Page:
Scholars debate the current and future regulatory landscape for workers.
Workers today face a rapidly evolving workplace. The gig economy has shaken up expectations about what being an employee or independent contractor means. Unionization rates continue to decline, but organizers have looked for alternative ways to engage workers. Recent U.S. Supreme Court cases have primarily upheld arbitration agreements covering workers, with a few exceptions.
Federal and state regulators have struggled to keep up with these trends, resulting in a wide variety of workplace laws around the country. Some states have raised the minimum wage and given workers paid family leave, while others have enacted right-to-work laws.
This series of essays addresses some of the many changes facing workers. Experts in labor and employment regulation focus on critical questions for the future: Who should be considered an employee or an independent contractor? How will automation affect workers? Should states or the federal government act to regulate employers?
The contributors to this series are: Sean Burke, an associate general counsel at the University of Pennsylvania; Deepa Das Acevedo, a professor at the Hugh F. Culverhouse, Jr. School of Law at the University of Alabama; Cynthia Estlund, a professor at the New York University School of Law; Najah A. Farley, an attorney at the National Employment Law Project; Gregory F. Jacob, a partner at O’Melveny & Myers LLP; Alexander Kondo, an attorney at the U.S. Department of Labor; Raymond J. LaJeunesse, Jr., vice president of the National Right to Work Legal Defense Foundation; Moshe Z. Marvit, a fellow at The Century Foundation; Abraham Singer, an assistant professor at the Quinlan School of Business at Loyola University Chicago; and David Weil, dean of the Heller School for Social Policy and Management at Brandeis University.
April 1, 2019 | David Weil, Brandeis University
Advocates for instituting progressive economic policies face an uphill battle, particularly in an age of wide and growing inequality. Yet the ratcheting dynamic between state and federal law provides an important caveat to pessimism about the inexorable forces of political economy and can help guide a progressive approach to improving workplace conditions.
April 2, 2019 | Moshe Z. Marvit, The Century Foundation
One of the biggest issues in labor law over the past few years has involved a deceptively simple and fundamental concept: the definition of an employer. The question of when a putative employer is categorized as a joint employer can make all the difference and will now likely end up before the U.S. Supreme Court.
April 3, 2019 | Alexander Kondo, U.S. Department of Labor, and Abraham Singer, Loyola University Chicago
Better concepts are needed to talk about gig economy workers and other laborers who are subject to the arbitrary domination of powerful companies but who do not fit neatly into traditional understandings of employees. We suggest a new approach for characterizing this kind of work, which we call “labor without employment.”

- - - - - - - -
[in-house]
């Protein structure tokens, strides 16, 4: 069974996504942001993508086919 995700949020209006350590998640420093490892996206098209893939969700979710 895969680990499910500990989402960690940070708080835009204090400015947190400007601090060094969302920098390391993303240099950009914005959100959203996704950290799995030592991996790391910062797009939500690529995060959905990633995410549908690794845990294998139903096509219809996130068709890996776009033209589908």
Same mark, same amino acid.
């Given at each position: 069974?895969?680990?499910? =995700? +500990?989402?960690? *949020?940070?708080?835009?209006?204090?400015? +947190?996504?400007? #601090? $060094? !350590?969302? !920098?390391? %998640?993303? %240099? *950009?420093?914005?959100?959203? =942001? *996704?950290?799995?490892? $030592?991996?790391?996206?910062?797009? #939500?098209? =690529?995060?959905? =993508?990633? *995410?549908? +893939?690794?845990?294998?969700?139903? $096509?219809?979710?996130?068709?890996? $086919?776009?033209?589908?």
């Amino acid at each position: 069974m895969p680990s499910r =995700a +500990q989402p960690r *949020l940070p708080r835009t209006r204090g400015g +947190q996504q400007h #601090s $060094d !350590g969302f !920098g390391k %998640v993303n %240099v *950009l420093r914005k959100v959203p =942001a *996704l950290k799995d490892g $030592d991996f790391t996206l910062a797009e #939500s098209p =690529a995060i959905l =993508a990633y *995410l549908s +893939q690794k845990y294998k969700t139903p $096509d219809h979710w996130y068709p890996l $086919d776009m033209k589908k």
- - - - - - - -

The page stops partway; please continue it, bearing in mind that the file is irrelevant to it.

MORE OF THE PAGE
April 4, 2019 | Najah A. Farley, National Employment Law Project
Non-compete agreements diminish a worker’s power to change jobs and bargain for higher wages by stopping workers from moving between jobs. This phenomenon is especially prevalent in low-wage and minimum-wage industries, but change is on the horizon at the state level.
April 5, 2019 | Raymond J. LaJeunesse, Jr., National Right to Work Legal Defense Foundation
Some federal and state labor laws in this country have long authorized requirements that workers pay union dues as a condition of employment. Increasingly, however, legislatures and courts are recognizing that workers have a constitutional right to work without being forced to subsidize a union.
April 8, 2019 | Cynthia Estlund, New York University
The rise of both fissuring and automation imperils the stability of employment as a platform for delivering a range of basic social entitlements, and points toward shifting the locus of some of those entitlements, as well as their costs, off employment and onto a broader and more redistributive revenue base.
April 9, 2019 | Deepa Das Acevedo, University of Alabama
The gig economy continues to confound courts and workers alike, but most of the characteristics of gig work that are supposed to make it unique, and therefore a bad fit for current employment laws, have easy, and easily regulated, analogies.
April 10, 2019 | Gregory F. Jacob, O’Melveny & Myers LLP
It remains unclear who the Labor Department considers to be an investment advice fiduciary following a court decision to vacate the Fiduciary Rule. The fact that the regulated community is left to speculate a full year after the decision, however, raises questions about the status of the rule and whether the Department must repeal it through rulemaking?
April 11, 2019 | Sean Burke, University of Pennsylvania
Can one person work as an employee and independent contractor at the same time? In many jurisdictions today they can. These conflicting outcomes plainly makes no sense, either as a matter of logic or for the sake of justice and efficiency.